- Spend time with your kids in situations where conversation is possible and natural, such as doing chores together, gardening, playing games, discussing happenings, taking walks. My youngest, now 21, specifically brought up working in the garden together as a great time to talk.
- Suggest ways your child can get together with friends.
- Facilitate an environment in your home where your child’s friendships can grow. This means things like having a peaceful and welcoming home, as well as guiding the children away from spectator activities and toward interactive and creative activities.
As your children mature, add elements like these:
As children grow up, it will help them if they learn to evaluate relationships to some extent. I’m not talking about deep analysis, unless it is really useful for a particular situation, but rather developing habits of being aware versus just being tossed to and fro.
- Teach them what they can figure out for themselves, so that when they have things they really need help with, you are not already worn out or overwhelmed. This doesn’t mean you aren’t available, but that you have helped them develop ways of thinking and things to consider for problem solving. This will also make future conversations about issues easier.
- Help them evaluate their own behavior that results from being with certain people. We all pick up habits from others. It is good to learn to be aware of this.
- Check in regularly in a substantial way. Ask about interactions and be ready to listen a lot. With a foundation of trust, this can easily be done in a way that is sincere and non-confrontational. Your child will know you have his best interest in mind and have a priority of making sure his life is as good as possible.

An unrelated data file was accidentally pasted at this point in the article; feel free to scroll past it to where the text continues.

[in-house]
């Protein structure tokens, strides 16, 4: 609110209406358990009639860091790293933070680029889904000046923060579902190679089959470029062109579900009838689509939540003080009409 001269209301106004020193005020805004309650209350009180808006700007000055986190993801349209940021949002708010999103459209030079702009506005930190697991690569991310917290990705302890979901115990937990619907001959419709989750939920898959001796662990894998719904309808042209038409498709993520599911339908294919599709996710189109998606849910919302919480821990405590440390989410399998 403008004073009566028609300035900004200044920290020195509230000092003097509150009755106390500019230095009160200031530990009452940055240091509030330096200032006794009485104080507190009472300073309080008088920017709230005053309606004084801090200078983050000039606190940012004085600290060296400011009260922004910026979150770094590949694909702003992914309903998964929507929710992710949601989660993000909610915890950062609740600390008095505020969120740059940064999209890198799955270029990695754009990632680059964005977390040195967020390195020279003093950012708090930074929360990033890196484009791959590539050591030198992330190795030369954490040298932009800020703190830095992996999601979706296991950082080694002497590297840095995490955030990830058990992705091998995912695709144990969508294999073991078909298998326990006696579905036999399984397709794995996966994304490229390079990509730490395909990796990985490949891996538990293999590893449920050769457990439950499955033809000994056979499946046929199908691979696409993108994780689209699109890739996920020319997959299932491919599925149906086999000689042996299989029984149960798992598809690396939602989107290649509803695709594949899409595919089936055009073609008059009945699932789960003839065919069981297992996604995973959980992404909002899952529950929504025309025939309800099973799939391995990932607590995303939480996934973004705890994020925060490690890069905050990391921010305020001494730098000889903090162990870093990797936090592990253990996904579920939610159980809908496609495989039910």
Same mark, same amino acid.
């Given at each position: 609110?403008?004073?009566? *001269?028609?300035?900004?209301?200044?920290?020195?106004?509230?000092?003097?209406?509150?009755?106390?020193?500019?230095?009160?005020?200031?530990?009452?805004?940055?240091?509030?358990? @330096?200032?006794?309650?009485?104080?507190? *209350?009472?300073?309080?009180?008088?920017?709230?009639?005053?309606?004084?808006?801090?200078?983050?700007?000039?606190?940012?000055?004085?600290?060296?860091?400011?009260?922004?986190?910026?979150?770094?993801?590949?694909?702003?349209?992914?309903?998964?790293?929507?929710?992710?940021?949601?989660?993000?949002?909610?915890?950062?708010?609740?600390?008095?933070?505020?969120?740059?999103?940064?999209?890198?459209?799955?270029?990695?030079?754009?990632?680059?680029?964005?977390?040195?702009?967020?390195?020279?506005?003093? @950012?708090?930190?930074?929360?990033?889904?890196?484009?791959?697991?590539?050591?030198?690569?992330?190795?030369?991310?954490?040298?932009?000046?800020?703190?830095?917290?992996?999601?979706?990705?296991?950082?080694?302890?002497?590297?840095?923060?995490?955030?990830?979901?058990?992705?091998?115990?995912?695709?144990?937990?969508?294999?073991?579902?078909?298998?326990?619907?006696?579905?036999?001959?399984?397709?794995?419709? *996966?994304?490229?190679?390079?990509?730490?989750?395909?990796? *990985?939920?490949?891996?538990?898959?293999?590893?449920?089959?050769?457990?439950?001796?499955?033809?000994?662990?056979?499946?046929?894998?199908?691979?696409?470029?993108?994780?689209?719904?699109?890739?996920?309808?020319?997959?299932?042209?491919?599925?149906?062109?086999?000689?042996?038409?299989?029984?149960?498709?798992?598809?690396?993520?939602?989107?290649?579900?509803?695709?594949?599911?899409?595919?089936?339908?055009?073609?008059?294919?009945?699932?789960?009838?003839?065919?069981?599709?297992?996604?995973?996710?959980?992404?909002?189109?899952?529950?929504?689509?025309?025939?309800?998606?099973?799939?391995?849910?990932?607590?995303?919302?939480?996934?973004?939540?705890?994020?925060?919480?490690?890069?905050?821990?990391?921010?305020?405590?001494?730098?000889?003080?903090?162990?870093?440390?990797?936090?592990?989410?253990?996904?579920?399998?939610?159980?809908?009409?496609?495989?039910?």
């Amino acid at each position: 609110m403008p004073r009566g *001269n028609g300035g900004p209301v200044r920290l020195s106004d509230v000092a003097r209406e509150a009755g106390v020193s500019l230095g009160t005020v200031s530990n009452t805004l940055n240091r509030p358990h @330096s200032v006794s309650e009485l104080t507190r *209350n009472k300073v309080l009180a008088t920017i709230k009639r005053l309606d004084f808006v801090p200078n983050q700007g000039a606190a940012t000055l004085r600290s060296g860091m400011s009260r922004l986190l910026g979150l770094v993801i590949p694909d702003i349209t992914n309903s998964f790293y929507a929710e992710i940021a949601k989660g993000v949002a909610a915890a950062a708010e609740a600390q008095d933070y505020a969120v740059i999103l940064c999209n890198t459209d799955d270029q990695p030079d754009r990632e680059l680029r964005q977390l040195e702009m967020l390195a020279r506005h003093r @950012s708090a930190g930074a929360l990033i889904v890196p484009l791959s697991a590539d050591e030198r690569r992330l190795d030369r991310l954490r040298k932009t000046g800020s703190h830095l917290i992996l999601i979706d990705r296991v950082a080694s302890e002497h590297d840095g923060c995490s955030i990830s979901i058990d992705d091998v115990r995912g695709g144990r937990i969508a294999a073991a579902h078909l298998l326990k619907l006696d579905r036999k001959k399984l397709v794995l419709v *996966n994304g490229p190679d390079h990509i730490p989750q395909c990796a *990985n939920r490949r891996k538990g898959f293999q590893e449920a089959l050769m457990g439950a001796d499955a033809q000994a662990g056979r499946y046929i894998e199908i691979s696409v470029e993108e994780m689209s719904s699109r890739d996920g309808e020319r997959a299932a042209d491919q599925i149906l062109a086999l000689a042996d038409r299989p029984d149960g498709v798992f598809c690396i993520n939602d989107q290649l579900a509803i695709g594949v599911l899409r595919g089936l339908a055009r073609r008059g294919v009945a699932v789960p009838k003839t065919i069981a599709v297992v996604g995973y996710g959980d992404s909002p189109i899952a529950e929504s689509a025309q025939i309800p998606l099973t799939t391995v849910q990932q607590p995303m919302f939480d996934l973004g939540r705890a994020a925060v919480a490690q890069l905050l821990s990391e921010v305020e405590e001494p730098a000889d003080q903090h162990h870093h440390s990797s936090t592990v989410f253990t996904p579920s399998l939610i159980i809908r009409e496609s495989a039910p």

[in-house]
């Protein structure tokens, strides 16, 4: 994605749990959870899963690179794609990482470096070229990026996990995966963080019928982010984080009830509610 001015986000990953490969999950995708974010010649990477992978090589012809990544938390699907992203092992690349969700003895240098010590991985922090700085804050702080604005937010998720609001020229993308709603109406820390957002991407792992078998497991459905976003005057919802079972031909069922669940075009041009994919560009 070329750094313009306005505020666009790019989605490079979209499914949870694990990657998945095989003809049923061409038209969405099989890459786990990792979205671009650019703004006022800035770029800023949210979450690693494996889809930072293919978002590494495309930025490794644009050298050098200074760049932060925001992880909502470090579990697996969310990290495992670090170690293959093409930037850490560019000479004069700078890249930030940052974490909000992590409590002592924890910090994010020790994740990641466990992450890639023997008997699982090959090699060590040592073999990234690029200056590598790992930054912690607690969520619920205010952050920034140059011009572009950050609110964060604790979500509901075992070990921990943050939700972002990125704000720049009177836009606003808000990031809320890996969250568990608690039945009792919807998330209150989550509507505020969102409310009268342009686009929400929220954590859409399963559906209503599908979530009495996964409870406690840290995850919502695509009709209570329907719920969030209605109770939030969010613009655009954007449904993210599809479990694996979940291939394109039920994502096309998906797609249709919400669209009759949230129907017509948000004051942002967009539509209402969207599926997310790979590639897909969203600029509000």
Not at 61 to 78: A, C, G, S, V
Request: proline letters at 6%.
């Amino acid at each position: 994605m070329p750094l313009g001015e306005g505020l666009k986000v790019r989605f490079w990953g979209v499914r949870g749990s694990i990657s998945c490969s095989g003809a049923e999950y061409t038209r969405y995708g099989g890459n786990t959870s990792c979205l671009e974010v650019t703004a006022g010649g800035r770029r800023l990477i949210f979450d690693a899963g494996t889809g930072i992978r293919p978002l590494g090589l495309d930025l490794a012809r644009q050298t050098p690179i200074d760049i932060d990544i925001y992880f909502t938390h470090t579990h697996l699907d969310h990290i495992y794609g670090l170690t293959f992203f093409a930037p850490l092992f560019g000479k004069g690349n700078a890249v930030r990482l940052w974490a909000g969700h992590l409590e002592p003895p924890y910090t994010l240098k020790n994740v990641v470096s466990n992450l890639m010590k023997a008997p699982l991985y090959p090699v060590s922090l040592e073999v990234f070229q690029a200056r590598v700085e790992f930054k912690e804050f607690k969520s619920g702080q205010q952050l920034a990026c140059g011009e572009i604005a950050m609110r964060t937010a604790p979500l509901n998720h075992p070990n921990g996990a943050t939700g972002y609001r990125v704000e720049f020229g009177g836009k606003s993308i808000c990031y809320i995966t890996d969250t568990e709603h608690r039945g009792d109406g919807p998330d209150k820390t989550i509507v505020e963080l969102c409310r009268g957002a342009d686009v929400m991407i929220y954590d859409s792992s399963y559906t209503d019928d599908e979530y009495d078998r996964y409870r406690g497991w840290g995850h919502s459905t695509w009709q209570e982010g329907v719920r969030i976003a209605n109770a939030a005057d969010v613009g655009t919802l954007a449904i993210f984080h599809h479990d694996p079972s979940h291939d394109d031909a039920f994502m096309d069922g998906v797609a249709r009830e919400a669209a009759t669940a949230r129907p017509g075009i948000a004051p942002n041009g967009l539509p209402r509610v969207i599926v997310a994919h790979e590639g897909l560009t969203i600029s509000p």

- Let children be involved in your friendships whenever possible, such as let them sit in on conversations and invite them to do things with you. From a fairly young age, my children would sit and listen when my friends visited. They found the conversations fascinating. Also, their father, in particular, had impressed on them that if they sat and listened they would often learn more than if they just interrupted with a bunch of questions.
- Help them problem solve friendship issues with a balance of reality and humility. There are practical and emotional aspects of friendships that can be defused when a parent helps a child gain perspective. Misunderstandings or disappointments are not always because someone was wrong or mean.